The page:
Some studies have identified links between sleep apnea and cancer. Now, new research reveals that rates of cancer are higher among females with pronounced symptoms of apnea.
The recent study, which features in the European Respiratory Journal, analyzed data on 20,000 adults with sleep apnea.
About 2% of the participants also had a diagnosis of cancer in their medical history.
The data came from the European Sleep Apnea Database (ESADA), which has medical and visit records on adults registered at 33 centers across Europe.
The international research team points out that while the findings do not prove that sleep apnea causes cancer, there appears to be a clear link in females.
“It’s reasonable to assume that sleep apnea is a risk factor for cancer or that both conditions have common risk factors, such as [being] overweight,” says Ludger Grote, an adjunct professor and chief physician in sleep medicine at Gothenburg University in Sweden.
“On the other hand,” he adds, “it is less likely that cancer leads to sleep apnea.”
Obstructive sleep apnea (OSA), or sleep apnea, is a condition in which a person experiences short and repeated interruptions of breathing while asleep. The condition results from the inability of the throat muscles to keep the airway open.
There is another form of apnea called central sleep apnea, which occurs due to a failure in brain signaling. Of the two types of apnea, OSA is by far the most common.
OSA can cause disturbed, fragmented sleep and lead to an insufficiency of oxygen.
According to the National Sleep Foundation (NSF), OSA affects 5–20% of adults in the United States.
The estimate comes from studies that used formal tests and assessments. The NSF suggest that the actual percentage of people in the U.S. with sleep apnea is likely to be greater.
“The condition of sleep apnea is well-known to the general public and associated with snoring, daytime fatigue, and elevated risk of cardiovascular disease, especially in men,” Dr. Grote explains.
He and his colleagues note that while there is growing evidence for a link between OSA and cancer, it remains under debate. The main reason appears to be the small numbers of study participants and “poor characterization” of types of OSA and cancer.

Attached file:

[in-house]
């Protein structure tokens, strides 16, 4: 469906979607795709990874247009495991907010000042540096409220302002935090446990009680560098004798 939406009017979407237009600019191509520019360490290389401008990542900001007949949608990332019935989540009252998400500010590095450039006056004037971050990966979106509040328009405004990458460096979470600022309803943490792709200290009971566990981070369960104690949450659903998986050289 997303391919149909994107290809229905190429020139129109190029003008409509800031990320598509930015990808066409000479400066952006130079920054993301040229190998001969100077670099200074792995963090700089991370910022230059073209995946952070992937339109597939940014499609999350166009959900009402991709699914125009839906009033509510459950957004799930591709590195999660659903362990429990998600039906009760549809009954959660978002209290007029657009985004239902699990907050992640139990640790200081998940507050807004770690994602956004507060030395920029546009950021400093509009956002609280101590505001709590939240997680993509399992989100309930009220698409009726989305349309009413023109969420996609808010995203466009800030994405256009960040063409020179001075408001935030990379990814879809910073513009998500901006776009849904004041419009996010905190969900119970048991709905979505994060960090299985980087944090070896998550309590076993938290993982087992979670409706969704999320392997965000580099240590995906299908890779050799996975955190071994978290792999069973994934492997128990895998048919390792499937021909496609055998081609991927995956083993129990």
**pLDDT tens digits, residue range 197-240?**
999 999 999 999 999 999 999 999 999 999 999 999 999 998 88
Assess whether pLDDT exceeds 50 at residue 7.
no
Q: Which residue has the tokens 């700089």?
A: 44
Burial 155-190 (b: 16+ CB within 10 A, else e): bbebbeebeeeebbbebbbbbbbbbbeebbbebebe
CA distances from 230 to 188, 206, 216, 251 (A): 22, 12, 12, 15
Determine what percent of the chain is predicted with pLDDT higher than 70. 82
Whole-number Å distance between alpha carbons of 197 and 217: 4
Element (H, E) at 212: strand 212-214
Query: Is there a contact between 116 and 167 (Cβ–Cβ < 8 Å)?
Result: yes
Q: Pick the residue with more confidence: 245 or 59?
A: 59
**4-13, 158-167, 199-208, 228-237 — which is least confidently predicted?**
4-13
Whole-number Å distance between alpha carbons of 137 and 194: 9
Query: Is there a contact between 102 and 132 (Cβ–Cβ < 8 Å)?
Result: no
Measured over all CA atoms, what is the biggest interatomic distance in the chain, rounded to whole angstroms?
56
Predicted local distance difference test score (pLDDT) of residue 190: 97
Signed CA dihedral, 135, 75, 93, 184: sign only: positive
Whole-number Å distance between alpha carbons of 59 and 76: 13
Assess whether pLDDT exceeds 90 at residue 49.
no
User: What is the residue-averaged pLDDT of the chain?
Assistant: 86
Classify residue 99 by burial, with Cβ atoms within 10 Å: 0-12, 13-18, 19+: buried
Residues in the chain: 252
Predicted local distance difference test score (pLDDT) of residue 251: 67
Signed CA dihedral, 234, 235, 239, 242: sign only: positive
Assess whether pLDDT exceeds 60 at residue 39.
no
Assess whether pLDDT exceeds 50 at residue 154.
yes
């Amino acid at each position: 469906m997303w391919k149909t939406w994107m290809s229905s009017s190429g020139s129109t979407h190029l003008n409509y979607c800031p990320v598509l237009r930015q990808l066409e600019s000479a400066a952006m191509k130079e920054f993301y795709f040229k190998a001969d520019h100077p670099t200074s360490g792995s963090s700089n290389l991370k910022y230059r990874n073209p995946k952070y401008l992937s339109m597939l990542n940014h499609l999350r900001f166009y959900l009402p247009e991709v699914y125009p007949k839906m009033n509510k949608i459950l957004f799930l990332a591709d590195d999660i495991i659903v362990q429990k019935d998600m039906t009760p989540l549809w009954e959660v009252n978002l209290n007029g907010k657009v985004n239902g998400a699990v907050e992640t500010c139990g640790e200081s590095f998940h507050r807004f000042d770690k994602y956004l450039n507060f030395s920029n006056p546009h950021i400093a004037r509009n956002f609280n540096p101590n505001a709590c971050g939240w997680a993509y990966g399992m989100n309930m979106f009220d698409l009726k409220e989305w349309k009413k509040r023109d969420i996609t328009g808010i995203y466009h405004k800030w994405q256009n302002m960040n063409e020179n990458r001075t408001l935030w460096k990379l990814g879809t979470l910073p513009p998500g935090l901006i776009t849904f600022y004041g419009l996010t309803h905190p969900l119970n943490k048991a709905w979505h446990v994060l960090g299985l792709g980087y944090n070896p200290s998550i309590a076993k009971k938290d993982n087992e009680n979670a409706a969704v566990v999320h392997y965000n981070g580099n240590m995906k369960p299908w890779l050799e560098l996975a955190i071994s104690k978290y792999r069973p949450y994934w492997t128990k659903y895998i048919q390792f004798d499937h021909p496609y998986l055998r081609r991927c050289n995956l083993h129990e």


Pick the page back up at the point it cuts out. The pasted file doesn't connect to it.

Scientists have proposed several theories for a link between OSA and cancer. One theory emphasizes that the two conditions share common risk factors, such as age and obesity.
Another theory is that intermittent hypoxia — a condition in which the body does not get enough oxygen — and sleep fragmentation, both of which occur in OSA, may also explain the link to cancer.
This type of link could involve changes in the development of blood vessels, immune function, and the tissue environment of tumors.
However, until the recent research, very few studies had examined whether biological sex made a difference to the link between OSA and cancer.
In their results, Dr. Grote and his colleagues found, as expected, that there was an association between older age and a higher risk of cancer.
However, when they adjusted the results of the analysis to take out the potential influence of age, sex, body mass index (BMI), alcohol intake, and smoking, they found a possible association between intermittent nocturnal hypoxia and higher rates of cancer.
In addition, the analysis revealed that the link between nocturnal hypoxia and higher rates of cancer was stronger in females and weaker in males.
The results suggest that the risk of cancer is two to three times higher in females with severe symptoms of sleep apnea.
Dr. Grote says that previous research has tended to focus on the link between OSA and malignant melanoma. In the light of his team’s findings, “Cancer of the breast or womb may now become a new area,” he suggests.
Perhaps a combination of female sex hormones and stress arising from nocturnal hypoxia in OSA triggers the start of cancer or reduces the body’s immune defenses, he muses.
“It’s impossible to say for sure what causes underlie the association between sleep apnea and cancer, but the indication means we need to study it in more depth.”
Dr. Ludger Grote